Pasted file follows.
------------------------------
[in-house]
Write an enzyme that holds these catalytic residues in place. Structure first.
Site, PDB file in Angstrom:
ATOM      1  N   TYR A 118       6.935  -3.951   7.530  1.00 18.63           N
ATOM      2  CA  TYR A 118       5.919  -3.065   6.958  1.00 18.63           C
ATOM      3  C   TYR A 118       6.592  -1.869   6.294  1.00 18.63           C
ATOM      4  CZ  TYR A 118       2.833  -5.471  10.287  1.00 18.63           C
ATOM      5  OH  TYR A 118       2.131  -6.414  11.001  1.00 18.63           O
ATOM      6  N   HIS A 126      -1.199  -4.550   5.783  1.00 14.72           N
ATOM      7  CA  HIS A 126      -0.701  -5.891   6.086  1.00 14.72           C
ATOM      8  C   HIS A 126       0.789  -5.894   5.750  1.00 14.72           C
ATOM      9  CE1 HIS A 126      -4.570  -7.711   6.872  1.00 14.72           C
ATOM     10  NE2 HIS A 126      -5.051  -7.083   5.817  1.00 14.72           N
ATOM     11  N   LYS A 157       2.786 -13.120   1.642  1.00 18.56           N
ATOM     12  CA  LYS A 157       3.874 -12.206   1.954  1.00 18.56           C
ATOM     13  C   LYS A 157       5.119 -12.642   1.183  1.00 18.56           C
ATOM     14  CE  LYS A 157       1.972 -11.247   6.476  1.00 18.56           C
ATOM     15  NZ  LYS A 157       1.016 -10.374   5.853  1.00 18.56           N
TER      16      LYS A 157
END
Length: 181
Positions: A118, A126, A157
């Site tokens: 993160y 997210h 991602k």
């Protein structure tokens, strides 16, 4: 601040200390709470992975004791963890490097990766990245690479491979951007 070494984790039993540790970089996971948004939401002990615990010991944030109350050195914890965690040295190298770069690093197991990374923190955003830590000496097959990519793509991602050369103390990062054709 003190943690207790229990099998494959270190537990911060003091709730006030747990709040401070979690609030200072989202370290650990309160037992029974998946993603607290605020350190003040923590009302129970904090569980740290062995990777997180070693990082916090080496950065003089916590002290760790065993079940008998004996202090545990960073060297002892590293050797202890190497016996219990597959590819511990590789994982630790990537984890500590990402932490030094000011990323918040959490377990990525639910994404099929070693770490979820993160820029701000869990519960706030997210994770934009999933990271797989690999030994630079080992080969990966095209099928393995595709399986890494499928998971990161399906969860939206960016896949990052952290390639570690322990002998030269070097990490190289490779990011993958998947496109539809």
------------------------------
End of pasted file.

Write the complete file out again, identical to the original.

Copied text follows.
[in-house]
Write an enzyme that holds these catalytic residues in place. Structure first.
Site, PDB file in Angstrom:
ATOM      1  N   TYR A 118       6.935  -3.951   7.530  1.00 18.63           N
ATOM      2  CA  TYR A 118       5.919  -3.065   6.958  1.00 18.63           C
ATOM      3  C   TYR A 118       6.592  -1.869   6.294  1.00 18.63           C
ATOM      4  CZ  TYR A 118       2.833  -5.471  10.287  1.00 18.63           C
ATOM      5  OH  TYR A 118       2.131  -6.414  11.001  1.00 18.63           O
ATOM      6  N   HIS A 126      -1.199  -4.550   5.783  1.00 14.72           N
ATOM      7  CA  HIS A 126      -0.701  -5.891   6.086  1.00 14.72           C
ATOM      8  C   HIS A 126       0.789  -5.894   5.750  1.00 14.72           C
ATOM      9  CE1 HIS A 126      -4.570  -7.711   6.872  1.00 14.72           C
ATOM     10  NE2 HIS A 126      -5.051  -7.083   5.817  1.00 14.72           N
ATOM     11  N   LYS A 157       2.786 -13.120   1.642  1.00 18.56           N
ATOM     12  CA  LYS A 157       3.874 -12.206   1.954  1.00 18.56           C
ATOM     13  C   LYS A 157       5.119 -12.642   1.183  1.00 18.56           C
ATOM     14  CE  LYS A 157       1.972 -11.247   6.476  1.00 18.56           C
ATOM     15  NZ  LYS A 157       1.016 -10.374   5.853  1.00 18.56           N
TER      16      LYS A 157
END
Length: 181
Positions: A118, A126, A157
């Site tokens: 993160y 997210h 991602k």
């Protein structure tokens, strides 16, 4: 601040200390709470992975004791963890490097990766990245690479491979951007 070494984790039993540790970089996971948004939401002990615990010991944030109350050195914890965690040295190298770069690093197991990374923190955003830590000496097959990519793509991602050369103390990062054709 003190943690207790229990099998494959270190537990911060003091709730006030747990709040401070979690609030200072989202370290650990309160037992029974998946993603607290605020350190003040923590009302129970904090569980740290062995990777997180070693990082916090080496950065003089916590002290760790065993079940008998004996202090545990960073060297002892590293050797202890190497016996219990597959590819511990590789994982630790990537984890500590990402932490030094000011990323918040959490377990990525639910994404099929070693770490979820993160820029701000869990519960706030997210994770934009999933990271797989690999030994630079080992080969990966095209099928393995595709399986890494499928998971990161399906969860939206960016896949990052952290390639570690322990002998030269070097990490190289490779990011993958998947496109539809």